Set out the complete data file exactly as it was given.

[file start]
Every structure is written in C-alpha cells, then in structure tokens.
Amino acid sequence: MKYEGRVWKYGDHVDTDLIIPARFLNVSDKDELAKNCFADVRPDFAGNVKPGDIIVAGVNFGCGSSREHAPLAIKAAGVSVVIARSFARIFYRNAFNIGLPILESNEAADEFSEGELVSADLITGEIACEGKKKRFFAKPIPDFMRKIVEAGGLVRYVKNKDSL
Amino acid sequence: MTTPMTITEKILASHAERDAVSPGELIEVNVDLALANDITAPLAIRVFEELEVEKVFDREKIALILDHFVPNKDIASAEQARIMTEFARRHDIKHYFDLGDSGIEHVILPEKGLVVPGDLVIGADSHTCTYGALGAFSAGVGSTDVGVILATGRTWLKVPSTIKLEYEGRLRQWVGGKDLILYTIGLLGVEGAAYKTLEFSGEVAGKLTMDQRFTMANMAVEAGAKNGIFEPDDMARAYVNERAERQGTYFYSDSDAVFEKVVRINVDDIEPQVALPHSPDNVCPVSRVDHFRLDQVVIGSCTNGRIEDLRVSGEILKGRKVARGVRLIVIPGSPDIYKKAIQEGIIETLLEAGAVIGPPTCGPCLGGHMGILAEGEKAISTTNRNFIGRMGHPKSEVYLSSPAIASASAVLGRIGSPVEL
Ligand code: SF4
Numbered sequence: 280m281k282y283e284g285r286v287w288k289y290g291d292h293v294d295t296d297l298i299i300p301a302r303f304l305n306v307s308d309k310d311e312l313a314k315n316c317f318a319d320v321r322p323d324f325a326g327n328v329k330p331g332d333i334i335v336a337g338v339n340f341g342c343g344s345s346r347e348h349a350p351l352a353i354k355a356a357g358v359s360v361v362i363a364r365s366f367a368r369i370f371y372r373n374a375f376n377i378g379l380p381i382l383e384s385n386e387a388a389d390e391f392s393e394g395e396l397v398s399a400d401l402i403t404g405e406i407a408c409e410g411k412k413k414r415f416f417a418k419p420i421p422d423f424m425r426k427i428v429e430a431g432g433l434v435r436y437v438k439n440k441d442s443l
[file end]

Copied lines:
Every structure is written in C-alpha cells, then in structure tokens.
Amino acid sequence: MKYEGRVWKYGDHVDTDLIIPARFLNVSDKDELAKNCFADVRPDFAGNVKPGDIIVAGVNFGCGSSREHAPLAIKAAGVSVVIARSFARIFYRNAFNIGLPILESNEAADEFSEGELVSADLITGEIACEGKKKRFFAKPIPDFMRKIVEAGGLVRYVKNKDSL
Amino acid sequence: MTTPMTITEKILASHAERDAVSPGELIEVNVDLALANDITAPLAIRVFEELEVEKVFDREKIALILDHFVPNKDIASAEQARIMTEFARRHDIKHYFDLGDSGIEHVILPEKGLVVPGDLVIGADSHTCTYGALGAFSAGVGSTDVGVILATGRTWLKVPSTIKLEYEGRLRQWVGGKDLILYTIGLLGVEGAAYKTLEFSGEVAGKLTMDQRFTMANMAVEAGAKNGIFEPDDMARAYVNERAERQGTYFYSDSDAVFEKVVRINVDDIEPQVALPHSPDNVCPVSRVDHFRLDQVVIGSCTNGRIEDLRVSGEILKGRKVARGVRLIVIPGSPDIYKKAIQEGIIETLLEAGAVIGPPTCGPCLGGHMGILAEGEKAISTTNRNFIGRMGHPKSEVYLSSPAIASASAVLGRIGSPVEL
Ligand code: SF4
Numbered sequence: 280m281k282y283e284g285r286v287w288k289y290g291d292h293v294d295t296d297l298i299i300p301a302r303f304l305n306v307s308d309k310d311e312l313a314k315n316c317f318a319d320v321r322p323d324f325a326g327n328v329k330p331g332d333i334i335v336a337g338v339n340f341g342c343g344s345s346r347e348h349a350p351l352a353i354k355a356a357g358v359s360v361v362i363a364r365s366f367a368r369i370f371y372r373n374a375f376n377i378g379l380p381i382l383e384s385n386e387a388a389d390e391f392s393e394g395e396l397v398s399a400d401l402i403t404g405e406i407a408c409e410g411k412k413k414r415f416f417a418k419p420i421p422d423f424m425r426k427i428v429e430a431g432g433l434v435r436y437v438k439n440k441d442s443l